The ancient Greeks were not only the founders of western philosophy, but the actual term "philosophy" is Greek in origin, most likely dating back to the late sixth century BC. Socrates, Plato, Aristotle, Pythagoras, Euclid, and Thales are but a few of the better-known philosophers of ancient Greece. During the amazingly fertile period running from roughly the middle of the first millennium BC to the middle of the first millennium AD, the world saw the rise of science, numerous schools of (...) thought, and—many believe—the birth of modern civilization. The Historical Dictionary of Ancient Greek Philosophy presents the history of Greek philosophy and the philosophers who made it famous. This is accomplished through a chronology, an introduction, a glossary, a bibliography, and hundreds of cross-referenced dictionary entries on important philosophers, concepts, issues, and events. (shrink)
This second edition covers the history of Greek philosophy through a chronology, an introductory essay, a glossary, and an extensive bibliography. The dictionary section has over 1500 cross-referenced entries on important philosophers, concepts, issues, and events.
Environmental ethicists have frequently criticized ancient Greek philosophy as anti-environmental for a view of philosophy that is counterproductive to environmental ethics and a view of the world that puts nature at the disposal of people. This provocative collection of original essays reexamines the views of nature and ecology found in the thought of Plato, Aristotle, the Stoics, and Plotinus. Recognizing that these thinkers were not confronted with the environmental degradation that threatens contemporary philosophers, the contributors to this book find that (...) the Greeks nevertheless provide an excellent foundation for a sound theory of environmentalism. (shrink)
Block's hypothesis concerning the order of Aristotle's psychological writings can be defended against a criticism which arises from Lulofs' interpretation of Insomn. 2, 459b24-460a33. Such a defence results in the discovery of possible purely physiological senses of words heretofore thought essentially psychological.
This essay is an attempt to bring together two contrasting approaches to Aristotle’s theory of the soul—the explication of what Aristotle says about the psychē and its functions and activities, on the one hand, and on the other, the analysis of Aristotle’s contributions to the history of ideas about mental illness, its causes and remedies. The first approach has been primarily philosophical, while most of those who have written about Aristotle’s contributions to the history of madness have been medical or (...) psychiatric professionals. (shrink)
After briefly putting Porphyry’s On Abstinence from Animal Food into its historical context, I present two biological theories which appear in this treatise: the first may be called “providential ecology,” the theory that the natural world operates very well without the intervention of man, that God or Nature takes care of biological balance most effectively without human intervention; the second may be called “the rationality of animals,” the theory that there is no radical distinction between human reason and the rationality (...) displayed by animals. Both theories may be placed into the general philosophical position elaborated by the earlier Neoplatonists conceming man’s place in nature, the character of embodied souls, and the interrelationships between being, God, and λόγοϛ; I have not, however, set myself this larger task. (shrink)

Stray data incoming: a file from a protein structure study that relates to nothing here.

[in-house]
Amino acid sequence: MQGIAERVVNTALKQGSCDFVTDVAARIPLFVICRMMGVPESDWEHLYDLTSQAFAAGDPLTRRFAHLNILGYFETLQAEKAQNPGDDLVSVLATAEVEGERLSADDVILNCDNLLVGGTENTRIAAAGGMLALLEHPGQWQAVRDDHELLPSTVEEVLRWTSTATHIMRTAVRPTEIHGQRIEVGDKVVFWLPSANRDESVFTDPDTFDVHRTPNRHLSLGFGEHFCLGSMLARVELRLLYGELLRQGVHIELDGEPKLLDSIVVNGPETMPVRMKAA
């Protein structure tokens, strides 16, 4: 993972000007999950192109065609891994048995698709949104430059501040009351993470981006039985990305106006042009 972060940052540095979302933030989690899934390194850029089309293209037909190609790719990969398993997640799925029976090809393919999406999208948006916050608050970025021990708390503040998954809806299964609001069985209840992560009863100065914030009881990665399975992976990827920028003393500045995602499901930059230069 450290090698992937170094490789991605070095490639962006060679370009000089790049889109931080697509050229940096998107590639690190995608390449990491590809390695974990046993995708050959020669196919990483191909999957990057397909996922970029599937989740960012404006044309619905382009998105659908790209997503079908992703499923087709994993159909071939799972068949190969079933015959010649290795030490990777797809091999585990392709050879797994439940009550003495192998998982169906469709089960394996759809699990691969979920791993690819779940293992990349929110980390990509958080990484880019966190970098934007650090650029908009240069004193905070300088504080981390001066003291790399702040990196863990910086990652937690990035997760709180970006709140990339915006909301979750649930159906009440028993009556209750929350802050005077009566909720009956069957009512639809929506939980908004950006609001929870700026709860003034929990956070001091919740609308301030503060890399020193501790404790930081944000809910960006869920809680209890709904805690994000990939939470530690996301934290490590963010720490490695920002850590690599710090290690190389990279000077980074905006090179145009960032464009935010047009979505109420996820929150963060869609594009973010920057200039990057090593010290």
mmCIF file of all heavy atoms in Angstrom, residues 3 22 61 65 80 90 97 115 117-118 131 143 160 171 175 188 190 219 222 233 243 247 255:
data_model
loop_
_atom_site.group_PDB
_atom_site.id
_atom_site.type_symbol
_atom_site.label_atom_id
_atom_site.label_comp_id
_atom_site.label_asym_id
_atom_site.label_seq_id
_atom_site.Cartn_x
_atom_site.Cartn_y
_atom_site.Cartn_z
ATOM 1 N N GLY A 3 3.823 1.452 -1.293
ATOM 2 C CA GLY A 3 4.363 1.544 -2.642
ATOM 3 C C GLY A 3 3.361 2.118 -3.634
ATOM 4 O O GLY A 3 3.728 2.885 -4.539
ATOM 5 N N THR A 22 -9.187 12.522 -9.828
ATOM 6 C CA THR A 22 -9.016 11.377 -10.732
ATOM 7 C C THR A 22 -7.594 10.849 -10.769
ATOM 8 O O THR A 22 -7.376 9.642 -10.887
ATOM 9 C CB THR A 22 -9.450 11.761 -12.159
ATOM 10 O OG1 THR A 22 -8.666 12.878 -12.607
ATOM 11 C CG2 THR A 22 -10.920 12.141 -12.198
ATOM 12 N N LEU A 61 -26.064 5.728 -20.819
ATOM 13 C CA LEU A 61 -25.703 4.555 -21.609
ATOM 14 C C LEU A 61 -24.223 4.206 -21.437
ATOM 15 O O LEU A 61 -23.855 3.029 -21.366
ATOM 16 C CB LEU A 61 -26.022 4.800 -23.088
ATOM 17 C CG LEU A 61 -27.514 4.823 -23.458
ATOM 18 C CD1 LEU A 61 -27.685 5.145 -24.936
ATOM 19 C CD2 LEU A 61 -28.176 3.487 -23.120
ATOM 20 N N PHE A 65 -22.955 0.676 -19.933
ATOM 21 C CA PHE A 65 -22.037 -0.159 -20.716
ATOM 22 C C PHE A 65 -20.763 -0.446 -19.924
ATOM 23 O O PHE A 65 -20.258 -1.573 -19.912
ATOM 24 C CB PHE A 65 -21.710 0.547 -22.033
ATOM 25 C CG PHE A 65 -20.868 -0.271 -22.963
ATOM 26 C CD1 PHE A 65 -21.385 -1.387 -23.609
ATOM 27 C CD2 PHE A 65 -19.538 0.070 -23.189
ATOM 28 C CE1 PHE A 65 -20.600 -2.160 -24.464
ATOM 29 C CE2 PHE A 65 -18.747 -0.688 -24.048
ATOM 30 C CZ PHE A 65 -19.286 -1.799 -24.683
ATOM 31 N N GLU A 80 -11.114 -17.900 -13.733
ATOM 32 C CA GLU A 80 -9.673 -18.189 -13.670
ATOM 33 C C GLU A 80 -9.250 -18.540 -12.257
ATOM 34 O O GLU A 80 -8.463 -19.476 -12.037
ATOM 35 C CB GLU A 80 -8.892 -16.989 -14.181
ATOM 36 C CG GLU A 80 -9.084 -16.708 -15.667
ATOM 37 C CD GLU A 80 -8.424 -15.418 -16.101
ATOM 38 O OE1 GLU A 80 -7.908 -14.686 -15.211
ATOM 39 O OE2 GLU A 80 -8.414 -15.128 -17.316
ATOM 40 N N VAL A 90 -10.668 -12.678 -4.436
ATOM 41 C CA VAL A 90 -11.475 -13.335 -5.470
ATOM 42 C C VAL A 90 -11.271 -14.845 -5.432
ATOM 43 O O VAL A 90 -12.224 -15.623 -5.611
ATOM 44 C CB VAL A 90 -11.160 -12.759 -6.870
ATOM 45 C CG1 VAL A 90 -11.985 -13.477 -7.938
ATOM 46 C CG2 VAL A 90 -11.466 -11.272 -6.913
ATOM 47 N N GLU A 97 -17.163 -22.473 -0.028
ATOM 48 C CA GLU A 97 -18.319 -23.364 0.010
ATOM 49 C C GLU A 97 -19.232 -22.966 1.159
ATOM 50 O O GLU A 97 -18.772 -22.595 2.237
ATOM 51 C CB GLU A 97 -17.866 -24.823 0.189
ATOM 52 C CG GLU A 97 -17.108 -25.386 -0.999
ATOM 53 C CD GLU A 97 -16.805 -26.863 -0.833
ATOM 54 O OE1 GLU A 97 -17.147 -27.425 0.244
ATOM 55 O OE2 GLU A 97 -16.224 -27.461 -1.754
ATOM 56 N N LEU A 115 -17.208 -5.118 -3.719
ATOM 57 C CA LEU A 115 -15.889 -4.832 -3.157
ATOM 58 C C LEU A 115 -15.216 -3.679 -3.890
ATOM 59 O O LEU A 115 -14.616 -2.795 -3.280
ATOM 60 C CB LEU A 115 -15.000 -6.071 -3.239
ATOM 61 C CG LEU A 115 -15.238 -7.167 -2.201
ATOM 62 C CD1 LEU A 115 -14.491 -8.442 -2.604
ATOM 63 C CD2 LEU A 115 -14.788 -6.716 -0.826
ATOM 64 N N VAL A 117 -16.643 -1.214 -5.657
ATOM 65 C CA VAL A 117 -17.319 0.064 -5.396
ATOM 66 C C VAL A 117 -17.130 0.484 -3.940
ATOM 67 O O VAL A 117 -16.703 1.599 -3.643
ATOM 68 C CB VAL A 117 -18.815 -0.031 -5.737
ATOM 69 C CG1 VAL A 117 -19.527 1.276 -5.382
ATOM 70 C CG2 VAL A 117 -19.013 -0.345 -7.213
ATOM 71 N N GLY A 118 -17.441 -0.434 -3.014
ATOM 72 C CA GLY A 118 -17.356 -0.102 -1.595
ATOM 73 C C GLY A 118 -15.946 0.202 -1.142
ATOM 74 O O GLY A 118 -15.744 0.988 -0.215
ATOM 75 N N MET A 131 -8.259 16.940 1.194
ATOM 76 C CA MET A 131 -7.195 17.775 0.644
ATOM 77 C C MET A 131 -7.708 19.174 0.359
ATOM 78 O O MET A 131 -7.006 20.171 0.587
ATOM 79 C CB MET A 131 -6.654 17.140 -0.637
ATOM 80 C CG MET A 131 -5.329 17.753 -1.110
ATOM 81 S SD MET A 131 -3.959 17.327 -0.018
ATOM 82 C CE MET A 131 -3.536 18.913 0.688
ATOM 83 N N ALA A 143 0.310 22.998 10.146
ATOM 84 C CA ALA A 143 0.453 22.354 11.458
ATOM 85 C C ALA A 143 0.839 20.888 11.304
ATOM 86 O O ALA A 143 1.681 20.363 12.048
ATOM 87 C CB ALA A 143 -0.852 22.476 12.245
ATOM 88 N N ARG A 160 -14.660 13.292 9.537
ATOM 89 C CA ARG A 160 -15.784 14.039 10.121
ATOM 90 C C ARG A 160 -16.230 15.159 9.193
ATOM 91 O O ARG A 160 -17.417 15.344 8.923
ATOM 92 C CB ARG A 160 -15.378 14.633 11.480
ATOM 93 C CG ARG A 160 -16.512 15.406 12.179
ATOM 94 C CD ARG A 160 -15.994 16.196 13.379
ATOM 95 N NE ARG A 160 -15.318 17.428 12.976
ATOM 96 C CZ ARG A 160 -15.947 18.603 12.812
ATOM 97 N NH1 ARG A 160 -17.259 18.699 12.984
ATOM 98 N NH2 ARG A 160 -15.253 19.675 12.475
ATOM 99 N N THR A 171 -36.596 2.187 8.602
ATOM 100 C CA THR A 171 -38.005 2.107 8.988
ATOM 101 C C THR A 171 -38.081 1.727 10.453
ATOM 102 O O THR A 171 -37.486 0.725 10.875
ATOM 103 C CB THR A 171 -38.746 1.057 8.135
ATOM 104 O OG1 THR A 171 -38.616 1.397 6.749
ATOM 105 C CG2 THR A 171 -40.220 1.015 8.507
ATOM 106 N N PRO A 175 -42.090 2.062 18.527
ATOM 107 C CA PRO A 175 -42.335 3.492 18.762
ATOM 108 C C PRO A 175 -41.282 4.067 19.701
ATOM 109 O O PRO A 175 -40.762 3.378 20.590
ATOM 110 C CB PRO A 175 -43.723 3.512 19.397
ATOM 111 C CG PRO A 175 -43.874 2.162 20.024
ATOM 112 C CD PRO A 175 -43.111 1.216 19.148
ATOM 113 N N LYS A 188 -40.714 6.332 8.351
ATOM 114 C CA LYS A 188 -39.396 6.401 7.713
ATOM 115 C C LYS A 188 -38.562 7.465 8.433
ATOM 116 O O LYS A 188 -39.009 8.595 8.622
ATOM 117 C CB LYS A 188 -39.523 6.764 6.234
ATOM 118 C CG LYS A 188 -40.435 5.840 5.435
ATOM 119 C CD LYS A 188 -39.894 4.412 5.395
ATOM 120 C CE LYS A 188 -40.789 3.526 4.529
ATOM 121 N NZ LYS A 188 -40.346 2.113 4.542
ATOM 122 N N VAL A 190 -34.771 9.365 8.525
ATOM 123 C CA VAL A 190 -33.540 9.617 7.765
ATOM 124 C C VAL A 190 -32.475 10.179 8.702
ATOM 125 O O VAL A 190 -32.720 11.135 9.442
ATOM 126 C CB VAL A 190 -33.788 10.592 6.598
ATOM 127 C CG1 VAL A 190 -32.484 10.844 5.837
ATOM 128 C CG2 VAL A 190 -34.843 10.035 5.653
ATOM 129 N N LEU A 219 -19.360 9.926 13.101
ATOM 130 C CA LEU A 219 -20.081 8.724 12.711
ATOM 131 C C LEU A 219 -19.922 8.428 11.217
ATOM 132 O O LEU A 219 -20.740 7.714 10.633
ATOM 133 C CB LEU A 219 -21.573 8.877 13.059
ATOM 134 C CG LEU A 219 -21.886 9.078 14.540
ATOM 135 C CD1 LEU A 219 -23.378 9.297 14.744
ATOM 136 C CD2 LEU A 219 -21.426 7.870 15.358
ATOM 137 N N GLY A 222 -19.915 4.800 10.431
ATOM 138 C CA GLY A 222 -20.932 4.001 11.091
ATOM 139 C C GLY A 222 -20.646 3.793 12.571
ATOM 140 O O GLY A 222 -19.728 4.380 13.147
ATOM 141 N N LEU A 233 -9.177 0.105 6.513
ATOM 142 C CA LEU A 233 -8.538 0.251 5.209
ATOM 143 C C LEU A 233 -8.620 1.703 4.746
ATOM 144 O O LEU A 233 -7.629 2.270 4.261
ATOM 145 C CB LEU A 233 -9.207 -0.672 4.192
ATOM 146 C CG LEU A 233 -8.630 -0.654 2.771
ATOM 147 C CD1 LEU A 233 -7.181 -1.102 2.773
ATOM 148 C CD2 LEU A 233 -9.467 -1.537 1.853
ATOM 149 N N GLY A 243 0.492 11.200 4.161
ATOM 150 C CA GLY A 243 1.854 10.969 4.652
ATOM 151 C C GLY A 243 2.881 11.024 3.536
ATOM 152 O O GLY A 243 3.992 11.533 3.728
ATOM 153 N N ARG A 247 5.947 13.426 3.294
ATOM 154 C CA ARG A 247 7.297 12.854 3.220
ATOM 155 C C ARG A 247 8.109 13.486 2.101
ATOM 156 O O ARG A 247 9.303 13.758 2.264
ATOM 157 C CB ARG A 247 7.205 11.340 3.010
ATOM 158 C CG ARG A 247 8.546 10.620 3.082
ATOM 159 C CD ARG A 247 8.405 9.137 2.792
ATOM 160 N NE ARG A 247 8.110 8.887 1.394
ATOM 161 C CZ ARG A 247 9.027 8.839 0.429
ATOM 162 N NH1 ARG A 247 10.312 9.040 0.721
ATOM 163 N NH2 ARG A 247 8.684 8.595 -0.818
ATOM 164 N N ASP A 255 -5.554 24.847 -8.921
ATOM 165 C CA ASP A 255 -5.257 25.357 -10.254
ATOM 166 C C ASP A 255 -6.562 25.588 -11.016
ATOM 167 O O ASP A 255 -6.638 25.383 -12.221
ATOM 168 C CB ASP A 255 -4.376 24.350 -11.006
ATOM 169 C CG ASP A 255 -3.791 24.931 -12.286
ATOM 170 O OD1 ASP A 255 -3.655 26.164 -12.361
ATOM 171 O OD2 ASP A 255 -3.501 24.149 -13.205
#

The A to Z of Ancient Greek Philosophy presents the history of Greek philosophy and the philosophers who made it famous. This is accomplished through a chronology, an introduction, a glossary, a bibliography, and hundreds of cross-referenced dictionary entries on important philosophers, concepts, issues, and events.
It is often said that to understand Plato we must understand his times. Many readers who might accept without question this saying of historical criticism may still wonder why we should think it necessary to begin our enquiry as far back as Homer and beyond. In the case of Plato there is an even greater need to pursue the argument back to the very beginnings of the historical period in which he lived and worked. It is quite impossible to understand (...) the genesis of Plato's ideas without understanding the profound change that Greek society underwent in the post-Homeric period that preceded him. This change in social structure created a mercantile, progressive Greek society, one which laid the foundations for all the subsequent history of Europe and the West. The Genesis of Plato's Thoughtis particularly highly regarded because it departs vigorously from the traditional abstract, static view of Plato's thought. Winspear's volume on Plato's thought traces, in a realistic fashion, the deep-reaching social and economic roots of Plato's concept of the state and society. Winspear believes that nowhere can the social roots of philosophy be more sharply seen and more firmly apprehended than when one is dealing with the origins of Western philosophy among the Greeks. His book contains the body of information which any reader should have if they wish to approach Plato as a historical figure. To make the book useful to a wide circle of readers, brief biographical identifications for the various important figures of Greek life are introduced in the text. (shrink)